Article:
Washington: Keeping commitments made at G-20 meets in mind the United States moved to block a proposal this month to maintain status quo at the International Monetary Fund's executive board. If allowed to continue the status quo would have prevented emerging economies having a greater say at the institution.
The issue assumes importance as the IMF has been given a larger role in global affairs and reform at the institution is more than symbolically important.
According to a US Treasury department spokesperson, a resolution submitted to member countries to maintain 24 seats on the board of directors failed to receive US backing. The board was originally sized at 20 seats but through a special vote, taken every two years, an exception is allowed to be made which maintain current strength at 24.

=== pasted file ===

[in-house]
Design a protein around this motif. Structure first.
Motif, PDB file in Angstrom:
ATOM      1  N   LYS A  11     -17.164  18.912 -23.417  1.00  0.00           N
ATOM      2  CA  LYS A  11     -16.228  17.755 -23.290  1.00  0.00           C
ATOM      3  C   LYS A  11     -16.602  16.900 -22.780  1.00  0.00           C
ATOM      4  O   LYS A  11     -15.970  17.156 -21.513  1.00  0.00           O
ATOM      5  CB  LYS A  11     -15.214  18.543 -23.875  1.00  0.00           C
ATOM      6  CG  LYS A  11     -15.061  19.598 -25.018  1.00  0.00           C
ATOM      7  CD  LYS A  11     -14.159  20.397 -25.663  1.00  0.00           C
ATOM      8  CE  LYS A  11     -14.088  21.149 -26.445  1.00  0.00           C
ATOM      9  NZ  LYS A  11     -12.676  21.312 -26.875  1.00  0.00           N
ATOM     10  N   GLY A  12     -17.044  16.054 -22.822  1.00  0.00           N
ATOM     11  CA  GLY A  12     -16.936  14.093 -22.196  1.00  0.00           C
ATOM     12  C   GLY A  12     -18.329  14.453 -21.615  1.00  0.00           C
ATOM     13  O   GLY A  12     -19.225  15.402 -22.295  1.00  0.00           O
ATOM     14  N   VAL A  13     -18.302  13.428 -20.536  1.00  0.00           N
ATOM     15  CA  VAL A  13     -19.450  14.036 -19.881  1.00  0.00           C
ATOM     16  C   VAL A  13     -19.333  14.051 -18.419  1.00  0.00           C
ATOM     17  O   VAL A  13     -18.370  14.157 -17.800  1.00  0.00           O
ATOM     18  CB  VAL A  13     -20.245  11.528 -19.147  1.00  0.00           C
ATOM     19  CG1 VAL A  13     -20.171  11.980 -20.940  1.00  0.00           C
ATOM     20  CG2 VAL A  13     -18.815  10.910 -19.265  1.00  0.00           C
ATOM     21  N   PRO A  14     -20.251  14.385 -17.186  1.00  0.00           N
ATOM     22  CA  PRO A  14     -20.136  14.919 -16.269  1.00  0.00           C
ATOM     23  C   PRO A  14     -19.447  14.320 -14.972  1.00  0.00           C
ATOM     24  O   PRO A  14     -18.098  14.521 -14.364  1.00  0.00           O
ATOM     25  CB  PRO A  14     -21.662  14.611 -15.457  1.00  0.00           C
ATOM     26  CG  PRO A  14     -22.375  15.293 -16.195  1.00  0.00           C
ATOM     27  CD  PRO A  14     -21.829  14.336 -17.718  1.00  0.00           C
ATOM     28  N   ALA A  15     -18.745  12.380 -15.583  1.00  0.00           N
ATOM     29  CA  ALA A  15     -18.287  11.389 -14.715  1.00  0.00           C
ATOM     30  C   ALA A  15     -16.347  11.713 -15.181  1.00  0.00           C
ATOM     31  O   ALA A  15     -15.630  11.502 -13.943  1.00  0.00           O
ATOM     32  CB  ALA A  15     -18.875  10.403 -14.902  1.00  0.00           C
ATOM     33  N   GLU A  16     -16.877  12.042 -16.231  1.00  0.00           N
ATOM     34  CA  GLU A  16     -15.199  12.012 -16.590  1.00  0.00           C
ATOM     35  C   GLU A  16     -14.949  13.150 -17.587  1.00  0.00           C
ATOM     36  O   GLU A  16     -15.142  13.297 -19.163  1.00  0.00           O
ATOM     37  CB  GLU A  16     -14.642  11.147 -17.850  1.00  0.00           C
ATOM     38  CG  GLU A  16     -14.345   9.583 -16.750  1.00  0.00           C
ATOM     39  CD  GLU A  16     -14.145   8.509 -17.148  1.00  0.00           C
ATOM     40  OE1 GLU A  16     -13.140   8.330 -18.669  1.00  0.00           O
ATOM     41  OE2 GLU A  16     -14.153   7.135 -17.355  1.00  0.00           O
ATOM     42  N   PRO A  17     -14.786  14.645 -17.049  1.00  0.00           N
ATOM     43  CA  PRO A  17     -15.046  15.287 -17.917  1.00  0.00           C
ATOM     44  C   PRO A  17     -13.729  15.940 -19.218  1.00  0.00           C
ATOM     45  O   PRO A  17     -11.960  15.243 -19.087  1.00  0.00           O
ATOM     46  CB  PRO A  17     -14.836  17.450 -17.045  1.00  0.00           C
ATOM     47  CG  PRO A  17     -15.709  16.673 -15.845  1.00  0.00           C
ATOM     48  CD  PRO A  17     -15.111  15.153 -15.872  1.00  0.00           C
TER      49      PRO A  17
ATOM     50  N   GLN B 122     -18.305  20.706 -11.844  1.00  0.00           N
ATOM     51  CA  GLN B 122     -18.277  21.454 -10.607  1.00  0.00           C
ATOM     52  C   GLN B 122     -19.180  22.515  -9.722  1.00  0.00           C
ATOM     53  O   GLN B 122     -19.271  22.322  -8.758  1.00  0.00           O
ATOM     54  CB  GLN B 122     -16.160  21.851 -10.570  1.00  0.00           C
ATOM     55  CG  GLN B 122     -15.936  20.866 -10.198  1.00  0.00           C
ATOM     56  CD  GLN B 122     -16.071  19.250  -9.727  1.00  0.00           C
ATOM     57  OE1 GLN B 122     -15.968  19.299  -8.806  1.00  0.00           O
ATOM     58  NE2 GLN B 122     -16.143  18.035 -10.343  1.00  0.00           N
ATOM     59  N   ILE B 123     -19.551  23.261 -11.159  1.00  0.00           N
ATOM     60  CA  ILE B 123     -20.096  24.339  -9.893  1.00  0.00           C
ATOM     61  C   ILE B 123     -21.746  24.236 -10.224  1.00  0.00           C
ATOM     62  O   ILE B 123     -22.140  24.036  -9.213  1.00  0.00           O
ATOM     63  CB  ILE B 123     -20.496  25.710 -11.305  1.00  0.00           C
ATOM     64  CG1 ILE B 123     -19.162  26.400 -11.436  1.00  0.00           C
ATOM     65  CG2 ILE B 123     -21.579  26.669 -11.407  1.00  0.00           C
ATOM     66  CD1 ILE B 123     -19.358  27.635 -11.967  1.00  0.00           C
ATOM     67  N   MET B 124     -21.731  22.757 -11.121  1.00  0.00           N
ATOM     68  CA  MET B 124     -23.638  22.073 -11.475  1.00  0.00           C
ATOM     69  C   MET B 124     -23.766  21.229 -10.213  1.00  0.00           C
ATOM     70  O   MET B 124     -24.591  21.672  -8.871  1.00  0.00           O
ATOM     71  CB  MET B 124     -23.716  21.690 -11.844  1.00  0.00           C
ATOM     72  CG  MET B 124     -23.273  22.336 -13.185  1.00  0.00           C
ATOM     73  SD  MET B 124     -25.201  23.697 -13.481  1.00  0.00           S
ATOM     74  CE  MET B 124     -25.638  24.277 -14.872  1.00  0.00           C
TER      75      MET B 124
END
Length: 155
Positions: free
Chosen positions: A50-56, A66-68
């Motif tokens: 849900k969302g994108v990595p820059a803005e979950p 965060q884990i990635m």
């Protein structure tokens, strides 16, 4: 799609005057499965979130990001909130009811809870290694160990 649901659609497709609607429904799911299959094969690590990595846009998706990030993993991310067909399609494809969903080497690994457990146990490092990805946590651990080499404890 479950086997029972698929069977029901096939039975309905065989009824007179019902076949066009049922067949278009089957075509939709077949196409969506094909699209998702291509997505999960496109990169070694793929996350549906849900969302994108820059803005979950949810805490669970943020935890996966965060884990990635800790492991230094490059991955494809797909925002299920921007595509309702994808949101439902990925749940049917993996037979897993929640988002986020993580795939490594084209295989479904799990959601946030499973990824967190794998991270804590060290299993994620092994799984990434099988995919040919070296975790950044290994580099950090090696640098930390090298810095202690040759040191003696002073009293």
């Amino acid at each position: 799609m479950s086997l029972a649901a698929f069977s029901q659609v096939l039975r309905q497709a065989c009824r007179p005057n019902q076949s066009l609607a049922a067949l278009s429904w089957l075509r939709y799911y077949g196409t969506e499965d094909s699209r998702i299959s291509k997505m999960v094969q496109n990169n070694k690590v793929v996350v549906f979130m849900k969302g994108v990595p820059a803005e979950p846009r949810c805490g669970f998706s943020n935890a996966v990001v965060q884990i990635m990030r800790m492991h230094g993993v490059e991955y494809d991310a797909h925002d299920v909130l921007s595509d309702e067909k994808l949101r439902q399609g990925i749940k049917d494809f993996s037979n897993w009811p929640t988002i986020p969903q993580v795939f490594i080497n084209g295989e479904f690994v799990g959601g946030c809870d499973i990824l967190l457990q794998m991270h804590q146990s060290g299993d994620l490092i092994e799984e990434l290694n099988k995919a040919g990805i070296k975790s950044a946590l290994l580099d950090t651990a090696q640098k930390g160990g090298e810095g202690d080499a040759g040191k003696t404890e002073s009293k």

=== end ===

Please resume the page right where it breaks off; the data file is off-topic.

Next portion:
For this exception to be maintained approval from the US, which is the IMF's largest shareholder, is required in order to cross the 85 per cent voting threshold which is required for passage of the motion.
The US veto will result in fresh negotiations about the composition of the board, where European countries including Belgium and the Netherlands hold nine seats. It was agreed last year at the G-20 summit at Pittsburgh that China and other emerging economies will have more say in the running of the organisation through a transfer of quotas from countries with disproportionate influence.
One of the main barriers to IMF reform is the fact that smaller European countries cling to shares, or 'quotas', far exceeding their current clout in the global economy. China for example has just overhauled Japan as the world's second largest economy and has already overtaken Germany as the world's biggest exporter.